There will be inevitable after-action reports by Vancouver’s fire and police officials after the March 4 chemical fire in a container at DP World’s Centerm dock at Port Metro Vancouver. The early, good news is that what could have been a disaster was minimized.
However, were top officials at Vancouver city hall prepared?
Mayor Gregor Robertson and his Vision Vancouver party ran an election campaign highlighting its ideologically driven opposition to oil tankers in 2014. While that was happening, I became curious: Did the party in power have any worry whatsoever about the risks posed to citizens and the environment by other types of hazardous materials and pollution in and around Vancouver?
I filed a June 19, 2014 request to Vancouver city hall for:
“Any and all internal staff reports or reports by contractors produced for the Office of the Mayor or Office of the City Manager since Dec. 1, 2011 regarding the storage, processing and transport of hazardous and dangerous materials in Burrard Inlet and the Fraser River — other than oil, bitumen and coal — but including minerals (like uranium), chemicals (like chlorine), explosives, pesticides, aviation fuel and e-waste.”
On Aug. 15, 2014, city hall’s Freedom of Information office told me it had published the Phase 2 Submission from April 2014 to the Tanker Safety Expert Panel on the city website. This was the only record that city hall deemed responsive to my request for a broad set of records dating back more than two-and-a-half years.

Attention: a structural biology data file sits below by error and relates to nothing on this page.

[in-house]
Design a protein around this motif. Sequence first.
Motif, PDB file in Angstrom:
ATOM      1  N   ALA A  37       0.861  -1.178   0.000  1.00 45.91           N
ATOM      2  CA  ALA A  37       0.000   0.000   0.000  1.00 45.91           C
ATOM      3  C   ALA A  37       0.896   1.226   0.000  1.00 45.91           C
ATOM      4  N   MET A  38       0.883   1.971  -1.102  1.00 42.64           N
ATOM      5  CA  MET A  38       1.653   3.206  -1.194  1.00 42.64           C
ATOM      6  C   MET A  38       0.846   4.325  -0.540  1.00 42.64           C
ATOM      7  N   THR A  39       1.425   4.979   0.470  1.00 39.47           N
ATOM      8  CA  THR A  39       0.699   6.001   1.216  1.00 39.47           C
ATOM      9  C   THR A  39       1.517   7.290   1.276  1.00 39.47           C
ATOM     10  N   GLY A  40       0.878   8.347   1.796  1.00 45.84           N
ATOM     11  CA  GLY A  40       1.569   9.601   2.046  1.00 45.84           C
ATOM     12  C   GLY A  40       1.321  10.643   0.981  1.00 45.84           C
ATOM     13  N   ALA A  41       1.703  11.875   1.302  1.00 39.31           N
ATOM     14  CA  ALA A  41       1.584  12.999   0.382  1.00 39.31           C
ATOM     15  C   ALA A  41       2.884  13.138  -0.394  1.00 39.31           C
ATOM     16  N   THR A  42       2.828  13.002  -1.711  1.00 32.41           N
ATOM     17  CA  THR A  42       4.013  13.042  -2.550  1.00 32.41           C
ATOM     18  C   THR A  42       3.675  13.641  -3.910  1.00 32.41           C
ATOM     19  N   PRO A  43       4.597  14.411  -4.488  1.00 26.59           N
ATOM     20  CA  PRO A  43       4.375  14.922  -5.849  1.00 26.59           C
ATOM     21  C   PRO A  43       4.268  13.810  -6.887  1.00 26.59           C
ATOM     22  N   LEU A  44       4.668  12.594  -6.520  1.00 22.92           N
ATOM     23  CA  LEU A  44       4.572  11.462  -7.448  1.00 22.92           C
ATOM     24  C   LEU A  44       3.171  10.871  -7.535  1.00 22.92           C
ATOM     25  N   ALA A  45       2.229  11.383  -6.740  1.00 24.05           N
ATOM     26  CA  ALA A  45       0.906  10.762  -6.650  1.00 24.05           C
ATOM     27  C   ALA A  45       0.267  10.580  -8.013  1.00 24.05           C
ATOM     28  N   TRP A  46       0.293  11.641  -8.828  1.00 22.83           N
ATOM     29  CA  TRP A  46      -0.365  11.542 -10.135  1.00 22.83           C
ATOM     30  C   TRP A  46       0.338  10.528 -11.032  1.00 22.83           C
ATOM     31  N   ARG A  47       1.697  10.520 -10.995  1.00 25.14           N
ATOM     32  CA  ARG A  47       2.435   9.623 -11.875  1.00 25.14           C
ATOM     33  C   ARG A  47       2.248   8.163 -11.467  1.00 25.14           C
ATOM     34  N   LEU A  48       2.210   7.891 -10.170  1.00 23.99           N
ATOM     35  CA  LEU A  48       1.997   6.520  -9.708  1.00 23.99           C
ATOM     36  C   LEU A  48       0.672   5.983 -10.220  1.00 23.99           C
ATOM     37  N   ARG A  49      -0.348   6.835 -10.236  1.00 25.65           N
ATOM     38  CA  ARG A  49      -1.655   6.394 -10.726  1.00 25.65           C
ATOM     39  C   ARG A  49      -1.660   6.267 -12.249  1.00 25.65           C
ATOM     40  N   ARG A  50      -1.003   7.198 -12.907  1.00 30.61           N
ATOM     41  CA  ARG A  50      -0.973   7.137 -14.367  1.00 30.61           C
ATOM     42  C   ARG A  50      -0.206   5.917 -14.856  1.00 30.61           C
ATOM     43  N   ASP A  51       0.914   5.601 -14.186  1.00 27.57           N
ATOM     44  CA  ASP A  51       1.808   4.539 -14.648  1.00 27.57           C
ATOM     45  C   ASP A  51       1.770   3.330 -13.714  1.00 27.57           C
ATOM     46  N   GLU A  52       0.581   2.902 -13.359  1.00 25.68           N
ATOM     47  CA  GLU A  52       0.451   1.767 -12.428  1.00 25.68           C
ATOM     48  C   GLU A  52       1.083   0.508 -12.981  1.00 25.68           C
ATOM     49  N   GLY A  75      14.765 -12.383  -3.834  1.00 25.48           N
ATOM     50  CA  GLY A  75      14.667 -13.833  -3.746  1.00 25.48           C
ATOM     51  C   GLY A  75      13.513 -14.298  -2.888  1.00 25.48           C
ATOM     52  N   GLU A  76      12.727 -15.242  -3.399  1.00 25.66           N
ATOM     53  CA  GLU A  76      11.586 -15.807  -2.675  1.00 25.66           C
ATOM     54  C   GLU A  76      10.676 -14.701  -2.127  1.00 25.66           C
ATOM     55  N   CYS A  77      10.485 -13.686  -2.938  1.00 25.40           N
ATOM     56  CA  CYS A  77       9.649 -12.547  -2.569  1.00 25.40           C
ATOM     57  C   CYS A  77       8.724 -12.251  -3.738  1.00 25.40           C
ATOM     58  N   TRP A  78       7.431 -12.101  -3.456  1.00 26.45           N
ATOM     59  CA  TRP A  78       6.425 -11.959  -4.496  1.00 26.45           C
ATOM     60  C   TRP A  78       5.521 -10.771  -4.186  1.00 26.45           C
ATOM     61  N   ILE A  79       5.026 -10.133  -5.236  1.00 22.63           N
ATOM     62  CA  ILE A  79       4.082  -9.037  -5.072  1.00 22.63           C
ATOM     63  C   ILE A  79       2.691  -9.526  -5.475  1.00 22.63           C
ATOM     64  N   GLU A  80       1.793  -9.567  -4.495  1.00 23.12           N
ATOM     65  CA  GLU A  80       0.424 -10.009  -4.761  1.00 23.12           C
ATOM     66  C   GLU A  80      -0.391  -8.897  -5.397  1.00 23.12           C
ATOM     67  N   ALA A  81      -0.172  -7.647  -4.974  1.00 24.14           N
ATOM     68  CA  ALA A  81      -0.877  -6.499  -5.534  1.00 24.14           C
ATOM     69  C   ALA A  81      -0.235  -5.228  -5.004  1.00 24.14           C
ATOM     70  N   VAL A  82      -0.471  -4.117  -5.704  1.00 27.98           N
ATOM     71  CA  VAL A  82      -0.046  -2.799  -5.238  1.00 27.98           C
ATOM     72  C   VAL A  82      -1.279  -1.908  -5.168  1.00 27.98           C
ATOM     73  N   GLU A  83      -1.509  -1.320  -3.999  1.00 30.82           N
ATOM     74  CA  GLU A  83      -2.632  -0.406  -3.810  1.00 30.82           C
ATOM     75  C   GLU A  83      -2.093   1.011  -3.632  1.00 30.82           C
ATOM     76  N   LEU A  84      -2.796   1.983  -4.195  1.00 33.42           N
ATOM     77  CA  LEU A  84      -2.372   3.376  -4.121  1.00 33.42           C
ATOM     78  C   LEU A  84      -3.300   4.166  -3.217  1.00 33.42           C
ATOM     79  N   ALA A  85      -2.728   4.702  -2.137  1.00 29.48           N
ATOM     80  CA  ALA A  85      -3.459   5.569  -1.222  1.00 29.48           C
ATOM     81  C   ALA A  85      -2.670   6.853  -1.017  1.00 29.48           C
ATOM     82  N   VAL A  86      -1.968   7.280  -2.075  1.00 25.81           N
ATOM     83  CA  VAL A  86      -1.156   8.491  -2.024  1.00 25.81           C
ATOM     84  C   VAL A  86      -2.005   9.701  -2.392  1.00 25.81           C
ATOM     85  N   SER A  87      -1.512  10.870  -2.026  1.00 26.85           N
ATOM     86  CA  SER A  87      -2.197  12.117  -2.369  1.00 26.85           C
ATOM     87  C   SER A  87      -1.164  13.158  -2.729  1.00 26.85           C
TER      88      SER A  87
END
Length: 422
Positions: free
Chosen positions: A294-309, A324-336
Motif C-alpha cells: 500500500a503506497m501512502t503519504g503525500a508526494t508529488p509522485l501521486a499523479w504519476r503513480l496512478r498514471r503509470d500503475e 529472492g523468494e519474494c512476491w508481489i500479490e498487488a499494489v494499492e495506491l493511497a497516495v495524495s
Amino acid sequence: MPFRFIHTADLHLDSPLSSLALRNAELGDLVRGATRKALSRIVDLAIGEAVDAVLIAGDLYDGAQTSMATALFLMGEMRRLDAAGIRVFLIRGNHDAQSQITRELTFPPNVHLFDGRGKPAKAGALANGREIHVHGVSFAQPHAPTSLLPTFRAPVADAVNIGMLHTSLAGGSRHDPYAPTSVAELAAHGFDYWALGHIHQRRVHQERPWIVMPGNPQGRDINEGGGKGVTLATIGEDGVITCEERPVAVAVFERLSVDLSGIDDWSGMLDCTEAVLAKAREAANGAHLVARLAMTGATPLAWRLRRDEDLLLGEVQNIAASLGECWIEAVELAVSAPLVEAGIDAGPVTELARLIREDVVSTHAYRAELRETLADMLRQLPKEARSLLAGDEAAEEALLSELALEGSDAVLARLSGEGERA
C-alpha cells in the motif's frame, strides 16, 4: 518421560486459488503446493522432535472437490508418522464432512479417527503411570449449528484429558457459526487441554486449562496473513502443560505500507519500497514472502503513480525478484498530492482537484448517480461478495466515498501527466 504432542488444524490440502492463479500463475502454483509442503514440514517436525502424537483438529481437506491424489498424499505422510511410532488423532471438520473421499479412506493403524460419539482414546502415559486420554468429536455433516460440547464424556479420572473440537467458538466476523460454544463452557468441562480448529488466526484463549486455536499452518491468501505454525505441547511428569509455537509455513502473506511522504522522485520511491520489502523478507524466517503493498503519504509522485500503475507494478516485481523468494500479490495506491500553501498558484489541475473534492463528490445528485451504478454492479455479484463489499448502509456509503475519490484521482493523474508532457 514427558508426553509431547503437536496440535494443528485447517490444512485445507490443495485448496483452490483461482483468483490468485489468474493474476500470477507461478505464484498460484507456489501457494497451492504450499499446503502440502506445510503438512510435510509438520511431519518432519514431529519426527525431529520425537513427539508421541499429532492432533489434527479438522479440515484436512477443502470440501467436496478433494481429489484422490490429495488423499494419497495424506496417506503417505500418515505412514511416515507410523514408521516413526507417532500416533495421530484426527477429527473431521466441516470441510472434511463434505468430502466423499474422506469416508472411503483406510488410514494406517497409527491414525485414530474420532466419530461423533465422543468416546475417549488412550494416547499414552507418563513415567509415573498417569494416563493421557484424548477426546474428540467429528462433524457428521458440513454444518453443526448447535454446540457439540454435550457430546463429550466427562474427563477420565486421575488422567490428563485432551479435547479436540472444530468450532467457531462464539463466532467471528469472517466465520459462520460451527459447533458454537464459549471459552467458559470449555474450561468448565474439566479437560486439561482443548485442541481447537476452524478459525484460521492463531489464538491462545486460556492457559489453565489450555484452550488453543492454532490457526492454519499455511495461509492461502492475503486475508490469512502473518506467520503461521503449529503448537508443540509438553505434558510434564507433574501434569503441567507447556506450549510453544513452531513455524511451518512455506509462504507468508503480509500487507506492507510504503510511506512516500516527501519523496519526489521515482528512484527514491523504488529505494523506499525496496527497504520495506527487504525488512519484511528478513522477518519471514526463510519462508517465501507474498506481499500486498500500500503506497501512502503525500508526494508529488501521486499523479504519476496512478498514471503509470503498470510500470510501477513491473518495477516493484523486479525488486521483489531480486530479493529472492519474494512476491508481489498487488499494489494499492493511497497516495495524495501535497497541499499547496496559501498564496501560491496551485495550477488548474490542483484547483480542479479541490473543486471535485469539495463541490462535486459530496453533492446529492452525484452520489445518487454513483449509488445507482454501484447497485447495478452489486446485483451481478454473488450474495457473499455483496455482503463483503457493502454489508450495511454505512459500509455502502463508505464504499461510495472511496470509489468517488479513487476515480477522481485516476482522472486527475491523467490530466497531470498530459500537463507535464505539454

The report’s genesis was Vision Vancouver’s concern about increased oil tanker traffic because of the proposed twinning of the Kinder Morgan pipeline to the Burnaby terminal. (Kinder Morgan also operates Vancouver Wharves, home to the sulphur piles across from Stanley Park). The report gives lip service to non-oil risks, but does say:
“The City of Vancouver would be significantly impacted in the event of a fire, explosion, collision, spill, or other accident or malfunction occurring in or near Vancouver’s waterways, and has a key role in managing consequences of an HNS (Hazardous and Noxious Substances) incident within Vancouver’s jurisdictional boundaries.”
On Oct. 1, 2014, I filed two separate requests for correspondence between the Office of the Mayor and Office of the City Manager with senior federal and provincial officials, to find out whether Robertson, his aides and city staff were concerned about hazardous materials transport or marine pollution in and around Vancouver.
The city hall FOI office delayed processing of my request until after the civic election (because, hey, uncomfortable questions might be harmful to the career ambitions of the politicians above the bureaucrats).
On Dec. 14, 2014, I received a rather confused, no records response to my request about the marine-related pollution issue:
“Based on our consultation with other public bodies regarding this request, the records initially supplied by the department(s) as responsive have been reviewed and in fact are not responsive to the request. Therefore, the record search has not returned any responsive records.”
On Jan. 8, 2015, all I got were 48 pages about the city’s concerns over the Fraser Surrey Docks coal terminal. Nothing about sewage from cruise ships or toxic chemicals in port containers or uranium shipments to Asian nuclear power plants.
Nada, zip, zero, ling.
Greenest City in the world by 2020? Cough, cough, cough.
(P.S.: If you’re a first responder, Port Metro Vancouver or City of Vancouver worker concerned with workplace health and safety, contact me in confidence through this blog. I’d be glad to hear from you.)